The Whitehorse Correctional Centre plans to soon offer more rehabilitation programs to offenders who have been released from jail into the community, says Yukon’s heads of corrections.
Tricia Ratel said it’s too early to discuss details, as the plan hasn’t yet received all the final approvals and she hasn’t spoken to staff about it.
The new plan comes in response to a report by Canada’s auditor general on the jail’s operations. Auditors concluded that the WCC was not providing offenders with sufficient access to rehabilitation programs either inside the jail or in the community. As a result, the report concluded that the justice system is not adequately preparing offenders to successfully integrate back into the community.
The jail offers inmates seven core programs that have been shown to help reduce reoffending. Yet when auditors reviewed a random sample of 25 inmates, they found few received all the core programs identified for them.
Thirteen of the 21 offenders who had case plans were offered all their core programs.
Auditors also looked at whether the offenders who were not offered all the core programs while in jail were offered the remaining programs after they went to community supervision. Only one person was.
For the other 12, the most common reason their probation officers didn’t have them take the programs was because it wasn’t available in the community where they lived.
Ratel admitted that right now, she can’t confidently say that offenders will have access to the programs recommended for them, no matter where they live. “That’s why we’re developing a strategy to address it,” she said.
Right now there are 296 active probation files in the territory and 24 active conditional sentences.
There are 11 probation officers in the territory and two vacant jobs.
Most of those officers live in Whitehorse. Dawson City and Watson Lake are the only communities with their own probation officer.
“Delivering services in the communities presents its own challenges. The programs are between 10 and 25 sessions, depending on the program,” said Ratel.
“To deliver them in the community means that a probation officer would have to stay there for a considerable period of time. They’d have to travel back and forth and back and forth.”
In some of the smaller communities there might only be one or two people who need the program.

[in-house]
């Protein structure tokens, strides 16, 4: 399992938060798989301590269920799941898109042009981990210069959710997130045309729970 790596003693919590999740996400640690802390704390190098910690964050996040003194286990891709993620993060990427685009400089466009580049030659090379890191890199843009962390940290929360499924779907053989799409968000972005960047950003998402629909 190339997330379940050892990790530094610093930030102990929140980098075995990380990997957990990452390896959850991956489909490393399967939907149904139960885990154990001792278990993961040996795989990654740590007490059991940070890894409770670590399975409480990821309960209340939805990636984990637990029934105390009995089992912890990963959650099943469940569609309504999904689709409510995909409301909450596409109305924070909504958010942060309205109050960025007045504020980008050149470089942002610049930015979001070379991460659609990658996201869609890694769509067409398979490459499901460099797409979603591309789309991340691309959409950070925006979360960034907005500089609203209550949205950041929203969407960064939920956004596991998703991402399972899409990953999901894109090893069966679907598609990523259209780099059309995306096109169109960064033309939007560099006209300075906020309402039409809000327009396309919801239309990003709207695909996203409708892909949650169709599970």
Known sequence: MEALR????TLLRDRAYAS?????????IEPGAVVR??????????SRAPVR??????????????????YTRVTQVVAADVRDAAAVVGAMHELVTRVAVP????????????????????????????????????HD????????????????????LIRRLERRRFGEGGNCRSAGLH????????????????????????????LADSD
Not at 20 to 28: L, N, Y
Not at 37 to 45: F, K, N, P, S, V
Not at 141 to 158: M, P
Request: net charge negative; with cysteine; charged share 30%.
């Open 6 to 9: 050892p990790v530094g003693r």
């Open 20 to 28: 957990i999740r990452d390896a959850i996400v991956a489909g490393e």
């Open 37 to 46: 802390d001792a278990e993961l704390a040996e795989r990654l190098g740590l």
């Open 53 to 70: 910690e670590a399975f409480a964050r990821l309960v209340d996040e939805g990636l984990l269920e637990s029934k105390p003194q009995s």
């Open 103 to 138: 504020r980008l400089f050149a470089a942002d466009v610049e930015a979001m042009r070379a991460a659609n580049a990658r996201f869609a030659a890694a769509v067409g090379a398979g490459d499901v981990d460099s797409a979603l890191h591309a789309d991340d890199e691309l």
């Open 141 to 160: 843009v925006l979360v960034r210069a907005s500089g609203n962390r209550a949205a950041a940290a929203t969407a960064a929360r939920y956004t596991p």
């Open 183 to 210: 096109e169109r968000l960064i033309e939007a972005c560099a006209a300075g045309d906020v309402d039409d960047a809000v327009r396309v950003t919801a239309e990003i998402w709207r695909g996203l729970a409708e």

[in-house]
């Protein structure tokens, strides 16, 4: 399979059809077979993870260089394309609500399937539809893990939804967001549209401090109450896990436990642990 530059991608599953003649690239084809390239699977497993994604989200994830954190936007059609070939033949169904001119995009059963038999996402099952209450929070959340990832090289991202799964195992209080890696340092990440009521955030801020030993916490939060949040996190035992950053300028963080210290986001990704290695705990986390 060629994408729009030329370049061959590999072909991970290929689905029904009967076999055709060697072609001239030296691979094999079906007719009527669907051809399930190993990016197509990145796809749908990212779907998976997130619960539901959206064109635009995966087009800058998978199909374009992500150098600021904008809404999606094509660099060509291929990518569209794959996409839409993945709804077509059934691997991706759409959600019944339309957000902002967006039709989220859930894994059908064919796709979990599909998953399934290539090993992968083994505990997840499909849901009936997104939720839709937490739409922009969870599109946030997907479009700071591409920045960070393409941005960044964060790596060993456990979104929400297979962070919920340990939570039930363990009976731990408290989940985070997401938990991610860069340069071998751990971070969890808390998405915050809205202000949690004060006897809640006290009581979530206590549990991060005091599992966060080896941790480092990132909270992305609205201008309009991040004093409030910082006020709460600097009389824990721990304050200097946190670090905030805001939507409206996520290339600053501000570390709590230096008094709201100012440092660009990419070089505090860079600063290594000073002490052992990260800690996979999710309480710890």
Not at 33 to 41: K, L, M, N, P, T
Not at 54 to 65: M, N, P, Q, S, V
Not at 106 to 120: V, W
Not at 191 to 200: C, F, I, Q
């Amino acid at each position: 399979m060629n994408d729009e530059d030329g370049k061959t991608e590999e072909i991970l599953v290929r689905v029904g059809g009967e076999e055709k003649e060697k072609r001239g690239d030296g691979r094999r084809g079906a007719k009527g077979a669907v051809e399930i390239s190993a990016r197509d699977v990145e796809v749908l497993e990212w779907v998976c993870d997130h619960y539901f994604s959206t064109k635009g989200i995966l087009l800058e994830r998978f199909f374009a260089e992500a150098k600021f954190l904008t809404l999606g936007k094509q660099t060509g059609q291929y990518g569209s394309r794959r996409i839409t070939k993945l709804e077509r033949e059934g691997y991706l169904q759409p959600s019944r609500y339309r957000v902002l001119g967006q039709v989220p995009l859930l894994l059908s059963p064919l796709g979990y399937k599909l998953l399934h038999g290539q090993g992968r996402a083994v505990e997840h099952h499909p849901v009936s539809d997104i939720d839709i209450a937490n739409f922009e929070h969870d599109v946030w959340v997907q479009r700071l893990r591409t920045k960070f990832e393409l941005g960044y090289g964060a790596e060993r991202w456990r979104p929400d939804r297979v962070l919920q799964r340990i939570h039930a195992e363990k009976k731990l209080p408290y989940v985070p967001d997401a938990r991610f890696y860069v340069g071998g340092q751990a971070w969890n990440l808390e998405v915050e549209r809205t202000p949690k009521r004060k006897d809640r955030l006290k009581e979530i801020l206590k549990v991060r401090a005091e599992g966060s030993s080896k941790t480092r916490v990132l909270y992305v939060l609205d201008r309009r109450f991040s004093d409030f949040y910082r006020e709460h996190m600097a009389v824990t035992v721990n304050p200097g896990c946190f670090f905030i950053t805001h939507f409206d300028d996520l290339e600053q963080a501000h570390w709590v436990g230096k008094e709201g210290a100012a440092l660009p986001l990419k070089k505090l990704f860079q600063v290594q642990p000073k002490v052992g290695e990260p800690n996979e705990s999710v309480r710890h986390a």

Staff try different ways to get things done, she said. For example, in Watson Lake, a program is co-facilitated with one person over Skype.
Every year staff sit down and schedule when core programs will be offered in the communities.
The Department of Justice did not release the complete schedule, claiming privacy concerns. Instead they provided a “snap shot” from Watson Lake in the last year or so.
There, Respectful Relationships for Males was offered in May, July, September and November of 2014. Emotional Management for Women was offered November 2013, April 2014, July 2014 and August 2014. Substance Abuse Management for men was offered in February and March 2015.
It’s not clear how many people took those programs.
Inside the jail, time constraints are also an issue. Most people don’t stay at the WCC very long.
According to the most recent statistics, 56 per cent of inmates were there for less than 30 days.
Case plans developed for offenders are extensive, Ratel said. Most offenders struggle with complicated problems.
The jail is working to prioritize programming, she said. “When the audit team came in, because we didn’t prioritize, they said, ‘OK you said you identified 10 things this person needed and they only got two things.’ So we fail,” she said.
“We need to change our practice so we are identifying what is the number one priority for this person, and then if there is more time available to deal with him, what is the second priority?”
Doing the comprehensive plan still has value, said Ratel. “We have to keep working on getting them the help that they need. We just have to do a better job internally or prioritizing what we can do in the time we have with them.”
Getting numbers to back up what the jail is saying is a challenge.
Ratel has statistics that show more reports and case plans are being completed. She also knows how many programs are run in the jail and how many people take them.
But there’s no way right now to easily look up how many offenders have gotten all of the programs recommended for them. That’s because the filing system is a little archaic.
“We have absolutely no data system. So every piece of data we produce, we have to go into hard copy files, and we have to pull it out manually and collate it.”
A new computer system is being worked on that Ratel hopes will solve those problems, but that’s about 18 months away,
One of the other major recommendations out of the report involves First Nations culture and heritage at the jail. The Yukon’s own Corrections Act requires that cultural needs be integrated into programs and services.
The audit found the department had not met its obligations to do that.
Ratel says that’s a complex issue. She said it is something the department is up to, but it is going to take time.
One major problem is that the core programs used at the jail are the property of other jurisdictions, which makes changing them difficult.
So why make that a requirement in the Yukon’s legislation?
“I think that our legislation is really aspirational. The legislation was written with some of our highest goals in mind. It’s kind of like, if we wanted to be the best correctional system in Canada, what would we do?
“Do I still think that there’s work that needs to be done? Absolutely. And from my perspective, corrections is always about looking to improve what we’re doing,” she said.
“We’re an evidence-based organization. We look for best practices, we try and change with best practices. I would never say that our aspirations are done.”
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